Most outings with my refugees become adventures in Western acculturation, such as the use of seat belts (I showed the two boys sitting in the rear of my car the (unsanctioned) trick of moving the shoulder strap behind them, as it was cutting into their necks) and how to fold their pizza slice for easy biting when the plastic fork and knife proved ineffective. The unintended spectacle came when one of the boys innocently shook his soda bottle to mix the contents— No, don’t do that!— thereupon showering the table with its contents. And, they do tend to become carsick afterwards; my husband warned me against feeding them, but if I believed that, then I’m in the wrong line of work.
The initial meeting with my new assignment, a Bhutanese family, was unsettling in some unusual ways. The twin boys (of two sets of twins in the same family, rare for Asians, especially without in-vitro fertilization) uncanningly resembled my nephews when they were younger. The teen sister had multiple piercings, artfully distressed jeans, and a cross on her neck. The family is Brahmin Hindu, so did she know she was wearing a religious symbol? She said she liked it, and only much later, admitted to attending services at a local church. Her mother was not perturbed, but this does not surprise me as my own mother, herself Buddhist, was accepting of my brother’s turn to the Church and, later my conversion to Judaism. (Only my adoption of Orthodox practices proved unsettling for my parents, given the separations imposed.)
Yesterday was a long day at the new Refugee Clinic opened by Children’s Hospital. After one boy had his follow-up exam, we were told that the blood work kits for tuberculosis for him and his siblings were not available at that site, and to spare us a wait for a courier, we could go to the main building, 0.61 miles away. The Translator (a man with two graduate degrees and one son who’d studied at Oxford) assured me that they are used to walking long distances, so I left my car in its spot and we hiked over. When we arrived, we had to wait for the designated person, who never did show us her face. When I got impatient (as it was lunchtime), I asked if she was already out to lunch, literally. No, the reason for the delay was that the kits had not arrived there either (so why did she agree to our visit in the first place?). Whereupon, I shepherded my crew to the hospital food court and witnessed the antics mentioned above.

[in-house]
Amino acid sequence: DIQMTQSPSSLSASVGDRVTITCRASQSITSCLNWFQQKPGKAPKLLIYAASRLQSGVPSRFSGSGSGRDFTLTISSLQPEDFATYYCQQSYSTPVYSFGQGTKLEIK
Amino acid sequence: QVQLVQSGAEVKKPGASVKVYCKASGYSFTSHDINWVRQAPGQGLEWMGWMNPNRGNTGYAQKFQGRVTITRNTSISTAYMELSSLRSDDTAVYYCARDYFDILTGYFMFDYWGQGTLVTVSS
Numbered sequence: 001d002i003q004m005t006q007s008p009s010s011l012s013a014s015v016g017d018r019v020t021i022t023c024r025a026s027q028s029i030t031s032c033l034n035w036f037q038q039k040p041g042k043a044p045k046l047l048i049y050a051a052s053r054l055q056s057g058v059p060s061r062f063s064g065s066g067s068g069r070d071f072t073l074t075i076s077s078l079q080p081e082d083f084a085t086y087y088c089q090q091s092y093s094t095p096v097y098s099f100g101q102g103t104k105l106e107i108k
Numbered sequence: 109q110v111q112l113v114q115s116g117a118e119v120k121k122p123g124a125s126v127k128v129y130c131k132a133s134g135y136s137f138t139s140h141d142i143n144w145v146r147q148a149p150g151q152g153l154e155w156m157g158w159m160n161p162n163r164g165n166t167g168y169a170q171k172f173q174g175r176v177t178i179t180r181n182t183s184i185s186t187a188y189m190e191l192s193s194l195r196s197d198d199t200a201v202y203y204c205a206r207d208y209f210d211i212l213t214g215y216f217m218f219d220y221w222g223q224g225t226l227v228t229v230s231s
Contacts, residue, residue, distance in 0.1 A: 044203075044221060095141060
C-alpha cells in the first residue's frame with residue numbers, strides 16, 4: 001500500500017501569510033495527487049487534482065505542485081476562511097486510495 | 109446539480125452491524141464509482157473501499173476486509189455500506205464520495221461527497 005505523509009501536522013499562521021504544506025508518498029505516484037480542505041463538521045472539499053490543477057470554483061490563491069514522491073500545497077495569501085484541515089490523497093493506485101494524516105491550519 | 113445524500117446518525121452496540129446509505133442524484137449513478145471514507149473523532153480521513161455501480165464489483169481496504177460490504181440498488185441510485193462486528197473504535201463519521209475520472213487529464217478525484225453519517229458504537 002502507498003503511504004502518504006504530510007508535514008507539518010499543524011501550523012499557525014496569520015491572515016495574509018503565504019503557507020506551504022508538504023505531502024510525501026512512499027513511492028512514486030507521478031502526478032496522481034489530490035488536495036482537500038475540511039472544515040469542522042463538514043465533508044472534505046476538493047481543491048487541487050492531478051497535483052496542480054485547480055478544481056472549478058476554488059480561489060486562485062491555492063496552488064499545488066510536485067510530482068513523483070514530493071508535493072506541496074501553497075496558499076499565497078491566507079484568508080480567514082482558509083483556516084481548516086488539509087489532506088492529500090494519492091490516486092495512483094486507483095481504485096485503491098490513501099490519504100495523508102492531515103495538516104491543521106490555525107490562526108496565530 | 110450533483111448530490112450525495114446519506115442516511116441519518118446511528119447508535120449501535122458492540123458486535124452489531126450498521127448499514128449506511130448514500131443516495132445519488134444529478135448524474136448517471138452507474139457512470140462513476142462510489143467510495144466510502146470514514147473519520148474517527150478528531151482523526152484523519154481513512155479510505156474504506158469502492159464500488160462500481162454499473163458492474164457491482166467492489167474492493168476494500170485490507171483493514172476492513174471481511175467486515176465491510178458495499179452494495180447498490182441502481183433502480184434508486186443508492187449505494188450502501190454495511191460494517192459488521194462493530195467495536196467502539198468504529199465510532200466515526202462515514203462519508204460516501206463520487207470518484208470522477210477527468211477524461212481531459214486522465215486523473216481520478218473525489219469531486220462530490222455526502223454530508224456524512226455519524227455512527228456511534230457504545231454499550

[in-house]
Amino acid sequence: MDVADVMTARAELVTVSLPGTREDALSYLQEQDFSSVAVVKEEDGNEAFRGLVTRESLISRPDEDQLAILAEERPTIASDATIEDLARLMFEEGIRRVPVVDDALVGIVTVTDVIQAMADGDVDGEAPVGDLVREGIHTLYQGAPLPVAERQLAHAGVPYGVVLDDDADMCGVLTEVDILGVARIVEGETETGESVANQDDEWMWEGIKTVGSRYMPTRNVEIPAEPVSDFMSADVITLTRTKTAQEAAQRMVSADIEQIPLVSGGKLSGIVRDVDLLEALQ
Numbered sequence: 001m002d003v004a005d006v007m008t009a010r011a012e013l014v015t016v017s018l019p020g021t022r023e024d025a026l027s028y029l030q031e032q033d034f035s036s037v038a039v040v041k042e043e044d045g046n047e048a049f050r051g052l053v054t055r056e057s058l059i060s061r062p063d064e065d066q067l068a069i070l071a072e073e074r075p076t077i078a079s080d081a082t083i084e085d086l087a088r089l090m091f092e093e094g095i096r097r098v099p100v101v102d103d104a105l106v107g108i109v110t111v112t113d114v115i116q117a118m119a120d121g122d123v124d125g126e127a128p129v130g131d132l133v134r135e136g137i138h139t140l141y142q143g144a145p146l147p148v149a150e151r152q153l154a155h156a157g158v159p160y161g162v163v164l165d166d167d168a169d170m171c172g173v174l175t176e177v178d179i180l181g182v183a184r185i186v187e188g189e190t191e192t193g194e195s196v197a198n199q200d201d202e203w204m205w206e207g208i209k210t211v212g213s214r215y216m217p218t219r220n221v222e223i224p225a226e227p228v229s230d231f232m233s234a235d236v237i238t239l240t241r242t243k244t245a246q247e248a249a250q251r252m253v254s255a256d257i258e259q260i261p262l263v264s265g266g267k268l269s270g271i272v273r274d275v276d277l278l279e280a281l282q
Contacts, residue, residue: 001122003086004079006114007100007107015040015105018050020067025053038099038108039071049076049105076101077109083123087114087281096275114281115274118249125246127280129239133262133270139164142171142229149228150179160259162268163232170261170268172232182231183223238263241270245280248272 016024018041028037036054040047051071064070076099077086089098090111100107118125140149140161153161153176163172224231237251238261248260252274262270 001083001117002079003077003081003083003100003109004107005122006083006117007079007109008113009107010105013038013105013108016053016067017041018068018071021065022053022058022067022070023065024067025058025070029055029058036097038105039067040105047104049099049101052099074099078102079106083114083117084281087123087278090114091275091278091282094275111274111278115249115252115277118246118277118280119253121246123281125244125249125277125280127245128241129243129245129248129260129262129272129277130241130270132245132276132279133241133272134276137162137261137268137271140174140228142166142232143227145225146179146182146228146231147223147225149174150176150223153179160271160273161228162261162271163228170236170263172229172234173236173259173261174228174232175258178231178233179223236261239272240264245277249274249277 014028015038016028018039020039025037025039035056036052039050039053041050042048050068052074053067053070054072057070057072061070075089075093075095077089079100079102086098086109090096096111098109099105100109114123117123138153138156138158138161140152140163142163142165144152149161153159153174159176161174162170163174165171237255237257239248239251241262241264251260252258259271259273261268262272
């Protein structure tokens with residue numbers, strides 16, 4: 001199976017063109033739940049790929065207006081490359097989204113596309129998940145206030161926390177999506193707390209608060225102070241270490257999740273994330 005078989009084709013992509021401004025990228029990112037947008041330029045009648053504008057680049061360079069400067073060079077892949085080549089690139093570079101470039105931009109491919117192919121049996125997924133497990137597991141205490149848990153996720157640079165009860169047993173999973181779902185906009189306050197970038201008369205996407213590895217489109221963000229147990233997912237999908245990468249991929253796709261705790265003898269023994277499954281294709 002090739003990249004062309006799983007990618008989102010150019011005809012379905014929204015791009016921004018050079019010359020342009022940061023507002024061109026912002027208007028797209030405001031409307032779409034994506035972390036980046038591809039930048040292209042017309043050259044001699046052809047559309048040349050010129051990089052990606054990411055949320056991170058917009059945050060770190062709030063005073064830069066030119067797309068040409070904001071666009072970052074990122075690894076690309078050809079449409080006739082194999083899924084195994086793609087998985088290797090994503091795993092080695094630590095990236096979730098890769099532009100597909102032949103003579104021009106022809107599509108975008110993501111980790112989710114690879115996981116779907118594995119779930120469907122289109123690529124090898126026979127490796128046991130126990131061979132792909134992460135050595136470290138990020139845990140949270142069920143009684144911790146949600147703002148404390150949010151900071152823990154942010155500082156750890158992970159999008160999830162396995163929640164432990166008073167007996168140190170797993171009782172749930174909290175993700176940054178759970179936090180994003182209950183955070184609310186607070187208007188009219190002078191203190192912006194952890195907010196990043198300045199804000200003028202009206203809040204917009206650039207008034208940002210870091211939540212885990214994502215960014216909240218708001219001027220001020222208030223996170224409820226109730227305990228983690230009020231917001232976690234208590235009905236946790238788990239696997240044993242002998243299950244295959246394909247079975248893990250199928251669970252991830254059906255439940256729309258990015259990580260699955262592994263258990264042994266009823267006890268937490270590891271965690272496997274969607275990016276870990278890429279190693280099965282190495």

The Refugee Clinic is an innovation that some of the major teaching hospitals have recently instituted, to help train their residents in the issues of an international clientele. I particularly liked the fledging one run by Children’s Hospital— only one month old as of yesterday— because the staff was unusually friendly and the medical residents who volunteer for the clinic are really solicitous of the different needs of the refugees.
We were there for a follow-up because one boy had blood in his stool. The two Residents asked many questions about accompanying symptoms— no, he has no discomfort, no fever or chills, no sudden weight loss (in fact, he’s gained four pounds since arriving in America six weeks ago!)—but he’s had his symptoms for two years already, an unusually long time for a parasitic infection. The family had brought in stool specimens. When the Resident asked if the boy drank much, I interjected saying that all the refugees have complained about the quality of the water in South Philly and many choose to buy bottled water. This family had not done so, but the boy was not drinking much water either.
When the female Resident asked about school, the boy chose to talk about the free meals available at school— he liked the breakfasts but not the lunches, as American meat is too bland. The male Resident asked how was he managing with the language barrier, was he only speaking with his brother? I pointed out that children often play together without English fluency, as sports can be a universal language of its own. I mentioned that while the sister is in a high school with ESOL and a New Learner’s Academy (for those arriving with no English fluency whatsoever), the boys were in an elementary school without any ESOL programs, and probably without an itinerant ESOL teacher either. Such are the breaks in a poor school district. They’ll flounder for a while, but in a matter of months, they’ll be speaking English too, even if they wouldn’t be able to understand their social studies textbook.